He also said sales of both wine and beer were up significantly across the board, and through August he had sold 20,000 more bottles of wine than over the same stretch in 2019.
“The last quarter of the year remains seasonally strong and sales/visits increases (are) wildly up (year-over-year),” Denton wrote in an e-mail response to a reporter’s question. “People really want to support a locally owned small business and also have a safer, less-crowded shopping experience, and they appreciate that we are on the floor answering questions.”
The production side of the equation is less rosy. Maine Beer Co. in Freeport, now in its 11th year of operation, had planned to increase its 2019 output of 25,000 barrels by another roughly 2,000 barrels this year.
Instead, because of the pandemic, the company is finishing up this year at about 20,000 barrels, “which we feel good about considering the challenges,” said Ann Marisic, director of marketing and communications.
Marisic also said the product mix changed considerably from last year (70 percent draft and 30 percent bottled) to this year (55 percent draft, 45 percent bottled). The reduced demand for draft beer was a result of indoor establishments being forced to close or limit service to help slow the spread of the coronavirus.
A full beer barrel contains 31 gallons. The state imposes a 35 cent excise tax on each gallon produced in Maine. The federal government taxes by the larger container, and since 2017 has been charging $3.50 per barrel. That fee was scheduled to revert back to its previous level of $7 per barrel on Jan. 1, but Congress included a provision in the latest coronavirus relief bill called the Craft Beverage Modernization and Tax Reform Act that made the lower tax rate permanent.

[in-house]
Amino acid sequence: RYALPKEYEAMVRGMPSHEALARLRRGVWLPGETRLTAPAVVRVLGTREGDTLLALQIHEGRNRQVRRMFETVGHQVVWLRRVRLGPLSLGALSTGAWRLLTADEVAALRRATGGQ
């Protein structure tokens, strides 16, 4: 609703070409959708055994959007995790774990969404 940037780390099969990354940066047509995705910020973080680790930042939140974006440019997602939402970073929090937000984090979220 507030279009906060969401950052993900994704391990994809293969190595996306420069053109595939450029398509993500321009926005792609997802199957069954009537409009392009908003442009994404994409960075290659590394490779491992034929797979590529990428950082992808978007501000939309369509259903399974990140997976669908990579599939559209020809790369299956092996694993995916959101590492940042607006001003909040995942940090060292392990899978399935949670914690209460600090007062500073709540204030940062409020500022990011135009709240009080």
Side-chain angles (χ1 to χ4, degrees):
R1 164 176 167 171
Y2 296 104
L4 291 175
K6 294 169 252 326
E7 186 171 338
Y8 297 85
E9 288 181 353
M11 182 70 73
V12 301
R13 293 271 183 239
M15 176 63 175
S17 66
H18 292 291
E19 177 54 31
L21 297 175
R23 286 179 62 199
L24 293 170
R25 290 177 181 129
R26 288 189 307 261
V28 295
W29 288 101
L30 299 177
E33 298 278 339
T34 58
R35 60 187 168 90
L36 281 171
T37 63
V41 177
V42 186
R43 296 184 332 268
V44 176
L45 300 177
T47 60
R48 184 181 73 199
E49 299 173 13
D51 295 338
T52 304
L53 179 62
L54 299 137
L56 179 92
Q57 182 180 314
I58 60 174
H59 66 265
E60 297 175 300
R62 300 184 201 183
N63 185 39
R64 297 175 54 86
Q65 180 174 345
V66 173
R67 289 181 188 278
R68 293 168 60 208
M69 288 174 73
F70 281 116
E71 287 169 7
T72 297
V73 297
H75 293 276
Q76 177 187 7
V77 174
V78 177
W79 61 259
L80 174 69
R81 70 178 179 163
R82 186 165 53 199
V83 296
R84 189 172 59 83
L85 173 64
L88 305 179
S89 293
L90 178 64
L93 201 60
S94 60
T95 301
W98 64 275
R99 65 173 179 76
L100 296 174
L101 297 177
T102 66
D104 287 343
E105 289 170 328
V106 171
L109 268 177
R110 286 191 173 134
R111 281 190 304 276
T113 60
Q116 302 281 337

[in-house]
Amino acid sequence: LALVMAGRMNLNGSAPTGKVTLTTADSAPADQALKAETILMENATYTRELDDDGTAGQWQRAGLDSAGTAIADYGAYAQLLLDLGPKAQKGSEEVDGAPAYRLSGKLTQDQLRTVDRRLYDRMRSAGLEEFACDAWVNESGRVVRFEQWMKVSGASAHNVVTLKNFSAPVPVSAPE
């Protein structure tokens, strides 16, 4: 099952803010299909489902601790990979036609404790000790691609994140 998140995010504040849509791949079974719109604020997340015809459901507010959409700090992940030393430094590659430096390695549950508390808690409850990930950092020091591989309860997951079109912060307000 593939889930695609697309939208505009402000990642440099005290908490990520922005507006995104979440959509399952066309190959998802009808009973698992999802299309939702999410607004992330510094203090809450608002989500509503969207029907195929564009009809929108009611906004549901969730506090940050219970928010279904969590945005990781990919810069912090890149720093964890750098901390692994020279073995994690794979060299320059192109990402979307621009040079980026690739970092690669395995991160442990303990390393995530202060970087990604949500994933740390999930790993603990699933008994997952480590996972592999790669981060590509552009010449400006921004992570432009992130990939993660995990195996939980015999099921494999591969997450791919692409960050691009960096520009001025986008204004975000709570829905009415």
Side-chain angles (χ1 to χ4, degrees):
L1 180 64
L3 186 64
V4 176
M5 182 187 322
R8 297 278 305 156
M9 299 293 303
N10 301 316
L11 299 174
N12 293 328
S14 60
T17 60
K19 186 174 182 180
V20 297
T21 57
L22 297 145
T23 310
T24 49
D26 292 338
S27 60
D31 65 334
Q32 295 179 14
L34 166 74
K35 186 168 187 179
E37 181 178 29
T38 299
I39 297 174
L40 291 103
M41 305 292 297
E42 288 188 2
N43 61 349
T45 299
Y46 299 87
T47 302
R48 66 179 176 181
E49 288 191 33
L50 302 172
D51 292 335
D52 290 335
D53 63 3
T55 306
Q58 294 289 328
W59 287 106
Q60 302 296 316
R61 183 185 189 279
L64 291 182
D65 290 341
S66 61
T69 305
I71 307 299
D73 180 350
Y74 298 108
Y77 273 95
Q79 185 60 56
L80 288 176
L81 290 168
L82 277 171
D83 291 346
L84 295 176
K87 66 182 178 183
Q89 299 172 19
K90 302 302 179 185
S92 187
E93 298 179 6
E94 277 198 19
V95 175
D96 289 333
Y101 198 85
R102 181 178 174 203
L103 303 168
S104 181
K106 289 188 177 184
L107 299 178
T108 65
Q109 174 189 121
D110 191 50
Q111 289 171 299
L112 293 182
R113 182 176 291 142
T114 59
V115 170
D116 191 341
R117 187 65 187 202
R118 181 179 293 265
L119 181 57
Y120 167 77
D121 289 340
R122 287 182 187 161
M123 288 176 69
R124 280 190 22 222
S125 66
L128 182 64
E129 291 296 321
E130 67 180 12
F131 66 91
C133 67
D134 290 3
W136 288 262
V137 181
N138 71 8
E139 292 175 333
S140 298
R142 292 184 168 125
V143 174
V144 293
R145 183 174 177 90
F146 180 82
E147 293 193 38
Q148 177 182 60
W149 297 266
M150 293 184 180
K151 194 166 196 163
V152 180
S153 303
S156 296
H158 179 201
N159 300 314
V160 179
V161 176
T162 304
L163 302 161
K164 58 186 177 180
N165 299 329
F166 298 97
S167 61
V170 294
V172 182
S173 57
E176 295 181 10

“That’s really helpful because any brewer that’s opened in the past two years has never paid $7 per barrel,” said Sean Sullivan, president of the Maine Brewers’ Guild. “We’re estimating that’s about $1.25 million that will be kept here in state for brewers to invest in their businesses.”
Sullivan said he knows of only two Maine breweries that have gone out of business during the pandemic, one in Biddeford (Nuts & Bolts) and one in Lincolnville (Andrew’s). The state currently has 156 licensed breweries, although some have multiple locations, each with its own individual license.
In terms of beer brewed in Maine and sold in Maine, Sullivan said 2020 showed the first drop (by roughly 20 percent) after an unceasing climb since 2009. The market share (percentage of all beer sold in the state that is brewed in Maine) was 14.4 percent last year, and Sullivan predicts it will dip slightly to 13.7 percent this year. Five years ago it was 9.5 percent, and a decade ago it was 6.2 percent.
Brewers selling beer in grocery stores have seen sales rise, Sullivan said, while those operating in smaller towns where the only beer is sold from tasting rooms have seen community support for deliveries or curbside pickup.
“The winter is definitely going to be challenging for the majority of our members,” he said. “The one plus side here is they’ve had a number of months to figure out how to operate and balance production with demand.”